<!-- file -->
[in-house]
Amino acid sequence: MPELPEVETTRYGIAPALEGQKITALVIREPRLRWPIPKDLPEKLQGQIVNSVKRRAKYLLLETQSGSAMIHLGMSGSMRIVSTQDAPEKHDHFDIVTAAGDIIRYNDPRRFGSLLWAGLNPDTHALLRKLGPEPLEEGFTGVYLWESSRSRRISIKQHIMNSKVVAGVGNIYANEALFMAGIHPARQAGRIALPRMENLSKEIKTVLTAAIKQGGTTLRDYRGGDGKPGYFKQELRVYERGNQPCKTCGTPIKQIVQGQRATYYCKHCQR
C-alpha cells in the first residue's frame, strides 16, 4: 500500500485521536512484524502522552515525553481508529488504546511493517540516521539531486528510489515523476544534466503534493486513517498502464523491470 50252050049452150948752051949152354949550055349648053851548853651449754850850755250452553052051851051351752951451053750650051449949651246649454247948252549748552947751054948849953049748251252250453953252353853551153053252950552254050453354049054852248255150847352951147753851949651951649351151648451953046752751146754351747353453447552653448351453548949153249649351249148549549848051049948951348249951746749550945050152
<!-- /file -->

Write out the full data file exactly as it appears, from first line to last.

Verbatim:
[in-house]
Amino acid sequence: MPELPEVETTRYGIAPALEGQKITALVIREPRLRWPIPKDLPEKLQGQIVNSVKRRAKYLLLETQSGSAMIHLGMSGSMRIVSTQDAPEKHDHFDIVTAAGDIIRYNDPRRFGSLLWAGLNPDTHALLRKLGPEPLEEGFTGVYLWESSRSRRISIKQHIMNSKVVAGVGNIYANEALFMAGIHPARQAGRIALPRMENLSKEIKTVLTAAIKQGGTTLRDYRGGDGKPGYFKQELRVYERGNQPCKTCGTPIKQIVQGQRATYYCKHCQR
C-alpha cells in the first residue's frame, strides 16, 4: 500500500485521536512484524502522552515525553481508529488504546511493517540516521539531486528510489515523476544534466503534493486513517498502464523491470 50252050049452150948752051949152354949550055349648053851548853651449754850850755250452553052051851051351752951451053750650051449949651246649454247948252549748552947751054948849953049748251252250453953252353853551153053252950552254050453354049054852248255150847352951147753851949651951649351151648451953046752751146754351747353453447552653448351453548949153249649351249148549549848051049948951348249951746749550945050152